Ulcerative colitis (UC) has been a part of Jennifer Guarnaccia's life since she was 13. For the last 4 years, the 28-year-old mom has had on-and-off symptom flares. Her most common problems: stomach cramps, fatigue, mouth sores, and diarrhea. "Some days I feel great. But more than half the time it's
A network of supportive people can help you deal with a long-term illness such as ulcerative colitis (UC). But a simple thing like hanging out with friends may seem like a big challenge when you’re battling diarrhea and other symptoms. And what about intimacy? Fortunately, even when you aren't feeli
By Mary Elizabeth Dallas HealthDay Reporter
FRIDAY, Oct. 24, 2014 (HealthDay News) -- Not getting the right amount of sleep might raise your risk of ulcerative colitis, a new study suggests. Those who sleep less or more than the recommended seven to eight hours per night may be more prone to develop
By Dennis Thompson HealthDay Reporter
WEDNESDAY, June 18, 2014 (HealthDay News) -- A popular class of drugs used to treat inflammatory bowel disease isn't linked to an increase in the short-term risk of cancer, Danish researchers report. Researchers found that people with Crohn's disease or colitis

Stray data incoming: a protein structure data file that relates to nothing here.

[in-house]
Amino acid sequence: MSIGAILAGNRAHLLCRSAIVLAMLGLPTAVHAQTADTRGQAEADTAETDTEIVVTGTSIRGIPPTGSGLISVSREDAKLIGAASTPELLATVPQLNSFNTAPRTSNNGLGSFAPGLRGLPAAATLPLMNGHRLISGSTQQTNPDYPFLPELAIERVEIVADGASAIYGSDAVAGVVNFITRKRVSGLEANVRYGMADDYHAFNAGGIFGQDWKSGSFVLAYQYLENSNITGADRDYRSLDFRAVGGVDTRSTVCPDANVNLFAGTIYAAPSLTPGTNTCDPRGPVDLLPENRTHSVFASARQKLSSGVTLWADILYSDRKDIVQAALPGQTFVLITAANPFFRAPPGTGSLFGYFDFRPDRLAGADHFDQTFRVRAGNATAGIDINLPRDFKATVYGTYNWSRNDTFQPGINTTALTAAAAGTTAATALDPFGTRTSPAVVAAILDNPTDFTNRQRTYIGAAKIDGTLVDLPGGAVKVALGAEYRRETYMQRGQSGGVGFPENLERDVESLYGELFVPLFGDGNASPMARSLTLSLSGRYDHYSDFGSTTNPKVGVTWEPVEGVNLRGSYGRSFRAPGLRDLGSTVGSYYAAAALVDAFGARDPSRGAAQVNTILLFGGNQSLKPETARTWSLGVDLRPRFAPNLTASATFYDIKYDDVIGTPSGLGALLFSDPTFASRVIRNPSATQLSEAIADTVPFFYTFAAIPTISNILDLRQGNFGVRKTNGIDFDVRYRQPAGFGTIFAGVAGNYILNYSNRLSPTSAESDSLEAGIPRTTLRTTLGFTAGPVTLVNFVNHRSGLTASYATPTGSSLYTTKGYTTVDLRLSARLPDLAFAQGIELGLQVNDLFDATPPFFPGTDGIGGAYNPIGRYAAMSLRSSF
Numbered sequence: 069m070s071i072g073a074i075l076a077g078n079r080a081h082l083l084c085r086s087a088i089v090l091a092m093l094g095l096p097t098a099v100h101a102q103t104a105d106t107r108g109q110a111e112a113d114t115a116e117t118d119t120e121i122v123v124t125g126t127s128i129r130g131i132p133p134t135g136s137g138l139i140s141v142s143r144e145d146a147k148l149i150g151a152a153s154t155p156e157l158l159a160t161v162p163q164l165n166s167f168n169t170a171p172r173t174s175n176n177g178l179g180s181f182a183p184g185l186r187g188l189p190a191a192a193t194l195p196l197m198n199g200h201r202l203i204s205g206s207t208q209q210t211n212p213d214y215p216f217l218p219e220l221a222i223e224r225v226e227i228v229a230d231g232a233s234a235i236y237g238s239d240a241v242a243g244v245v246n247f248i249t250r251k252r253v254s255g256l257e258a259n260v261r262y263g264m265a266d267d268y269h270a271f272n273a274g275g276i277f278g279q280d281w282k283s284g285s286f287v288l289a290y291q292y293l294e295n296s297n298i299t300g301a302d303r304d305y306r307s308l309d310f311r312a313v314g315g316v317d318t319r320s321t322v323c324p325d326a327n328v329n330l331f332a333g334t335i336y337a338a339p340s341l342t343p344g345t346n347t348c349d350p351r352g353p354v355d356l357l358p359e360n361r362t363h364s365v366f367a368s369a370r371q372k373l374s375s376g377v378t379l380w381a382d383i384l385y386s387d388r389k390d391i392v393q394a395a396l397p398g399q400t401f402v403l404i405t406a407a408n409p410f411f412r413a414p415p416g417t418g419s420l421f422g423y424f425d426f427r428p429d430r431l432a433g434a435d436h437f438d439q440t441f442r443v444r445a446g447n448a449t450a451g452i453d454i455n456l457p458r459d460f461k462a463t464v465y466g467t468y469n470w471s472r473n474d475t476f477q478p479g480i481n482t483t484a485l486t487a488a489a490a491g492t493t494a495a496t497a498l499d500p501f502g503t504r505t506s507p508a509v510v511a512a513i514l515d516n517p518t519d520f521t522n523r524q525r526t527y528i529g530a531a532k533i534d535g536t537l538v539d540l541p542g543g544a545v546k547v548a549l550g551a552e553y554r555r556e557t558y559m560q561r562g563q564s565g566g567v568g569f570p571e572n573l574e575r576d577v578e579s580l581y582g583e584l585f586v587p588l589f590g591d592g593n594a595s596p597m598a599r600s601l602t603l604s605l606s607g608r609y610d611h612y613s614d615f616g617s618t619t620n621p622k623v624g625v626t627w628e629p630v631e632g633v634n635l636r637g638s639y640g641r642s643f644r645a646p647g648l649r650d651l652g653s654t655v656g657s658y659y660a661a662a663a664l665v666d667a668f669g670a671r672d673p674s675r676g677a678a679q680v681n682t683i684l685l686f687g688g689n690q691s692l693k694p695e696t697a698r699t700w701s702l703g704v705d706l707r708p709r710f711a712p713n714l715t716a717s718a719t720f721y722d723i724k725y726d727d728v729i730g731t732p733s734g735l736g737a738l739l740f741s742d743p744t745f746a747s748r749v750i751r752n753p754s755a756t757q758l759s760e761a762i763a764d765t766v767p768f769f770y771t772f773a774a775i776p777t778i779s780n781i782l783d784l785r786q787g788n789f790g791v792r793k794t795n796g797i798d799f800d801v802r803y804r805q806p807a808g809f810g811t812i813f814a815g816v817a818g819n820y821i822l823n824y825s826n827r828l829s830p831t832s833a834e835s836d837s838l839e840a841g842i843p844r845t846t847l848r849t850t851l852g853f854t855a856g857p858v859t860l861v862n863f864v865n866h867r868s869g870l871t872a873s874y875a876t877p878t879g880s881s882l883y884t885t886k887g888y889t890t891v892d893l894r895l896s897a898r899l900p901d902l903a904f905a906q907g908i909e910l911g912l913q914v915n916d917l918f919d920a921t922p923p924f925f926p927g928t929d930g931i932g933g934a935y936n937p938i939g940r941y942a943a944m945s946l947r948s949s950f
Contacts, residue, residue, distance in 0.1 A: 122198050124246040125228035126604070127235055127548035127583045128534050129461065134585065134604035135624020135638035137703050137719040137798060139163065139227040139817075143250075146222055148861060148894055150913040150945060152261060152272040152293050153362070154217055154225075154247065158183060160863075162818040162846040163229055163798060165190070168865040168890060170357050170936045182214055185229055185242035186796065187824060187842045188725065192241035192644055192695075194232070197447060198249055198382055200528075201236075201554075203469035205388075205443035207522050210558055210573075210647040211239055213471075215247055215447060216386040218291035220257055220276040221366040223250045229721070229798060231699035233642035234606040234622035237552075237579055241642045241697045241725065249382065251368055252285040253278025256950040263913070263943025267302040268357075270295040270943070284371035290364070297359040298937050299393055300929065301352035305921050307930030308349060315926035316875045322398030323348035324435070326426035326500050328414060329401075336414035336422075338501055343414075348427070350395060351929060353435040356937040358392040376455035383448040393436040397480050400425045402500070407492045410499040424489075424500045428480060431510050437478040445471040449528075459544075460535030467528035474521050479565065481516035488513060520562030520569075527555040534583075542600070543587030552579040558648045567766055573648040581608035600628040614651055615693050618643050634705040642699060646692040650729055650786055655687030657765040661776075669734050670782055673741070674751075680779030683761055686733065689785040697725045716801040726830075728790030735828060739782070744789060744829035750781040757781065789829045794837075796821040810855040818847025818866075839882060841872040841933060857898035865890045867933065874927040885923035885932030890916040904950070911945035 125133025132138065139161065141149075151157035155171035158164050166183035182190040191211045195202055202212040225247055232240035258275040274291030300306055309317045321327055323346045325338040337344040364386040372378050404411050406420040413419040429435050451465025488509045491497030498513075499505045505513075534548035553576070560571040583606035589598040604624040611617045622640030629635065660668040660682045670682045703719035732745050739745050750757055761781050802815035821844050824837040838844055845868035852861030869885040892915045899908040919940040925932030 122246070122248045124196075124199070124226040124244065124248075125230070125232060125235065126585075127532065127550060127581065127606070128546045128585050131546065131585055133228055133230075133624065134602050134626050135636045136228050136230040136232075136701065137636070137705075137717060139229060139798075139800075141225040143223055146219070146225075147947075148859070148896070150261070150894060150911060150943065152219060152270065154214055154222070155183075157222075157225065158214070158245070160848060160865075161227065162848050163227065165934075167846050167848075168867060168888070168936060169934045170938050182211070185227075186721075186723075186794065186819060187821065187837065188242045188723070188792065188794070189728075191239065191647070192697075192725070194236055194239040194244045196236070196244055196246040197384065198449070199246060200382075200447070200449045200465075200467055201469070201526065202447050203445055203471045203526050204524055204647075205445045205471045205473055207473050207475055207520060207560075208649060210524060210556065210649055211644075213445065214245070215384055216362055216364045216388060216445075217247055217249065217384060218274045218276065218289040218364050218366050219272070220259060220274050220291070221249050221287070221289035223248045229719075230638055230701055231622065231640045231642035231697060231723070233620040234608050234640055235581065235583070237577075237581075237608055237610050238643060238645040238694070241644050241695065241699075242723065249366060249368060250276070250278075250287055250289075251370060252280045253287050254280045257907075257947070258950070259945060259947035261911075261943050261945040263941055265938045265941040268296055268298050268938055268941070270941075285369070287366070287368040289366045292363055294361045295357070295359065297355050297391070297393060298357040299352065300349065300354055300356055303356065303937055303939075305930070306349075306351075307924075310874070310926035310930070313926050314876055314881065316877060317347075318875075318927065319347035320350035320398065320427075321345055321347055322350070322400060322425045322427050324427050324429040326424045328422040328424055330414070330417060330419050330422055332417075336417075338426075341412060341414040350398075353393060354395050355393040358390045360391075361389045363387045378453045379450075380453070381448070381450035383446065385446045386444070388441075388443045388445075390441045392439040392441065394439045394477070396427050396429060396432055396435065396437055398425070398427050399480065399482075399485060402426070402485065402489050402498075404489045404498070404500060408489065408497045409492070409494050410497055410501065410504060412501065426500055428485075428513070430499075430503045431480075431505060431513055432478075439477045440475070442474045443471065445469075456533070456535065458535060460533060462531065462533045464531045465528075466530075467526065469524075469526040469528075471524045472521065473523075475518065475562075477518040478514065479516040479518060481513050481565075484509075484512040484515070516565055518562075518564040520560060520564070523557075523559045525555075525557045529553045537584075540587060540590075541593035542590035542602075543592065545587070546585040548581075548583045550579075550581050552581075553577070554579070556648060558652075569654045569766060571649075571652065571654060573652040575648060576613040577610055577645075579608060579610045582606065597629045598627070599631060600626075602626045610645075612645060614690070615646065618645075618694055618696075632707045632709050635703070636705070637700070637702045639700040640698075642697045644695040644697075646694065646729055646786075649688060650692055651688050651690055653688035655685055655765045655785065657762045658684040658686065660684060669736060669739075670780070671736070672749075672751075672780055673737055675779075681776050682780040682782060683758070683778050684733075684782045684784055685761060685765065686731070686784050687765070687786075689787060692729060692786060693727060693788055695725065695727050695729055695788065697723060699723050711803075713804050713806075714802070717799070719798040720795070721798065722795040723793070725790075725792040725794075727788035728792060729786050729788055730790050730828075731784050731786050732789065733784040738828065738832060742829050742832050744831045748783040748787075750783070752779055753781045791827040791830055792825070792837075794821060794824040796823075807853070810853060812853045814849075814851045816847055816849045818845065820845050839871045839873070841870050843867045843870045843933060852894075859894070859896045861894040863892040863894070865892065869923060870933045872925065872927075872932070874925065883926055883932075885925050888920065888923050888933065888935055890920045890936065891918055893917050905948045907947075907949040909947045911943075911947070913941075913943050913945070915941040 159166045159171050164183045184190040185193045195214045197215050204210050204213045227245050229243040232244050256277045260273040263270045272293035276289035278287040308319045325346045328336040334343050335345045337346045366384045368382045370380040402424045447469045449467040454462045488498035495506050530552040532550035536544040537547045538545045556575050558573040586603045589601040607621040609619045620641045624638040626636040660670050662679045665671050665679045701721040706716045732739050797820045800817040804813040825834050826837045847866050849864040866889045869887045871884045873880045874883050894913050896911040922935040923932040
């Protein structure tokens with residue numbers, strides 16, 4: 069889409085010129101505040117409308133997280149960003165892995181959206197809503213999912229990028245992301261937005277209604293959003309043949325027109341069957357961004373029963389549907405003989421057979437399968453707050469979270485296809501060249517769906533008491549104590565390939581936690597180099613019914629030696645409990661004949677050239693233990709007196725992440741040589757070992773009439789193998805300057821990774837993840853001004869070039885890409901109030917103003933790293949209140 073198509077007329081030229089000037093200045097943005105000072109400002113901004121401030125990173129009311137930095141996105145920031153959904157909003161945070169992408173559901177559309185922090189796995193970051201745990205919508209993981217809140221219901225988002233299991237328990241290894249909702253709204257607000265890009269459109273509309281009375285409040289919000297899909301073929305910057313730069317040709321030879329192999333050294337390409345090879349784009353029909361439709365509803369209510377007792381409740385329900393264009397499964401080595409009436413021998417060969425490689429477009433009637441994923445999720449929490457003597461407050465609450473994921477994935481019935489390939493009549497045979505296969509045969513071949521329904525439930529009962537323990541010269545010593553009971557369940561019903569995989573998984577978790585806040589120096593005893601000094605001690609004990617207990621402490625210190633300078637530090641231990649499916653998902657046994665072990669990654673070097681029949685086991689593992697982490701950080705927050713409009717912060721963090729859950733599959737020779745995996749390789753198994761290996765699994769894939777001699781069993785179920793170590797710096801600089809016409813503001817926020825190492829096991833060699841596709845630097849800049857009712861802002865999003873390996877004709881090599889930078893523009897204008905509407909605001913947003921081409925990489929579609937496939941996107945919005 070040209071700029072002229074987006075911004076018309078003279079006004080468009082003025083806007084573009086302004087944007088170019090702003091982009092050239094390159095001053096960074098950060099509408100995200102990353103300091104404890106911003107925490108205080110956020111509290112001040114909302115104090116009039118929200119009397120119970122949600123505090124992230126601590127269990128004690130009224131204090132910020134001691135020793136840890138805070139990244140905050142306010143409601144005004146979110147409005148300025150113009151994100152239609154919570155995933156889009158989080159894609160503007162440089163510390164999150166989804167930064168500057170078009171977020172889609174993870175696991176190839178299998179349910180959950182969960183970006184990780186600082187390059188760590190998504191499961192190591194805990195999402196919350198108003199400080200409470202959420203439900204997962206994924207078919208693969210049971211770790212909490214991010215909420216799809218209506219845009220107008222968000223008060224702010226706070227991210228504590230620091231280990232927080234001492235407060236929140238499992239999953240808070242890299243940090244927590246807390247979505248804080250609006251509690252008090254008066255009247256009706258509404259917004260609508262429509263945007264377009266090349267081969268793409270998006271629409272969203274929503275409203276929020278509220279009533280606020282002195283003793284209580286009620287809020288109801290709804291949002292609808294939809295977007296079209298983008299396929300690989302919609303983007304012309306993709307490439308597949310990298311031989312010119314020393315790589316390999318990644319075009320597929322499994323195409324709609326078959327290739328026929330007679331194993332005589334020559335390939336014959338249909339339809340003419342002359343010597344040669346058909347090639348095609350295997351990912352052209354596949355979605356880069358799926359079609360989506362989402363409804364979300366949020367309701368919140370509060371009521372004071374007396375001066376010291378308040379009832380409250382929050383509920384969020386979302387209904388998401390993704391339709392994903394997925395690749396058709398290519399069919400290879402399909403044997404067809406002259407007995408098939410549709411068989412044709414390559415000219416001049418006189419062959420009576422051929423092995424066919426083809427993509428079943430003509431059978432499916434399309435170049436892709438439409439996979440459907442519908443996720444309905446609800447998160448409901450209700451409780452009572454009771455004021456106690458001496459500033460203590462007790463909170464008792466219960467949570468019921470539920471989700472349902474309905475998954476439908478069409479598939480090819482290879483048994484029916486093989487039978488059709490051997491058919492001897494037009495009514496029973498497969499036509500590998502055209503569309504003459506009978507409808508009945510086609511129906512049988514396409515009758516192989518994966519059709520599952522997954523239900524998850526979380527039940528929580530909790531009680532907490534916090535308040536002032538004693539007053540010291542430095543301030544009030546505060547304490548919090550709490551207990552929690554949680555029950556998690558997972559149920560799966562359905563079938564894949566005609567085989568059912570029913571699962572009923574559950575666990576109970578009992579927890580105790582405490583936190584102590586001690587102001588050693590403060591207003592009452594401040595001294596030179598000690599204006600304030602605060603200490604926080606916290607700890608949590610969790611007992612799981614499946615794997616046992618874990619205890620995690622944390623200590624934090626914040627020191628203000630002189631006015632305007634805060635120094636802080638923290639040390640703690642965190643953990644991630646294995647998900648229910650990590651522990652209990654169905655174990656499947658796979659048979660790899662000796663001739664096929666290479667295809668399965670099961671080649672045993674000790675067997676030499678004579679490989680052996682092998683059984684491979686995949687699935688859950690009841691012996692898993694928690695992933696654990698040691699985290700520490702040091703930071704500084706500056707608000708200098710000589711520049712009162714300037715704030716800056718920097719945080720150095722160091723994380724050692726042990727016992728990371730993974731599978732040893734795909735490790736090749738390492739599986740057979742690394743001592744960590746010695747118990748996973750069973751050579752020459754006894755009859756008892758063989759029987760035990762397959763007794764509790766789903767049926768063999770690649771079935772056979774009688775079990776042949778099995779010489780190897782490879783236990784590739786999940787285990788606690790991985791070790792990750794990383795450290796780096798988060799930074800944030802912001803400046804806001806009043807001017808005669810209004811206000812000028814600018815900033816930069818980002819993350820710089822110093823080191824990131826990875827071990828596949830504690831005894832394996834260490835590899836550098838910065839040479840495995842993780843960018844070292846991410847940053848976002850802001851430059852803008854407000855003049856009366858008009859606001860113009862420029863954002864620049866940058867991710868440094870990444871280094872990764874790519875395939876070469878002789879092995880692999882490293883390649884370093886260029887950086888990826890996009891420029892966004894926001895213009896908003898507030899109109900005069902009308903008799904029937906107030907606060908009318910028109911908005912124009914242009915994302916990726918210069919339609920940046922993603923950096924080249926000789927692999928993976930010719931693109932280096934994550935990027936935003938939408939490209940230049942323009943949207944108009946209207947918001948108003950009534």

By Scott Roberts HealthDay Reporter
TUESDAY, May 20, 2014 (HealthDay News) -- Entyvio (vedolizumab) has been approved by the U.S. Food and Drug Administration to treat adults with moderate-to-severe forms of two gastrointestinal conditions -- ulcerative colitis and Crohn's disease. The approval appl
By Brenda Goodman HealthDay Reporter
WEDNESDAY, March 12, 2014 (HealthDay News) -- The community of bacteria that typically live in the human gut is radically altered in patients with Crohn's disease, a new study shows. Overall, patients with Crohn's have less diversity among their intestinal bacter
Crohn's disease can take a toll on your body image, confidence, and comfort. But it doesn't have to. “It is possible to have a good body image with Crohn’s disease," says Sara Ringer, "but it’s something you have to continually put effort into.” Ringer, who's in her early 30s, has gotten medical car
If your doctor has talked about using biologic drugs to treat your Crohn's disease, you want to learn as much as you can about them. This guide to biologics includes some questions to ask your doctor and yourself. Use it to help you choose the treatment that's right for you.
Unlike some Crohn's drug
Surgery for Crohn's disease can change your life. "Surgery gets rid of the diseased bowel," says surgeon Jon Vogel, MD, of the Cleveland Clinic. It can help you eat and drink without pain. You may also be able to stop taking Crohn's drugs, at least for a while. Almost 3 out of 4 people with Crohn's
Biologics are a class of drugs that can relieve your Crohn's symptoms and keep you in remission. Your doctor may prescribe them if you have moderate to severe Crohn's that doesn't respond to other treatments. As with all drugs, you need to weigh the risks and benefits.
Because they suppress the immu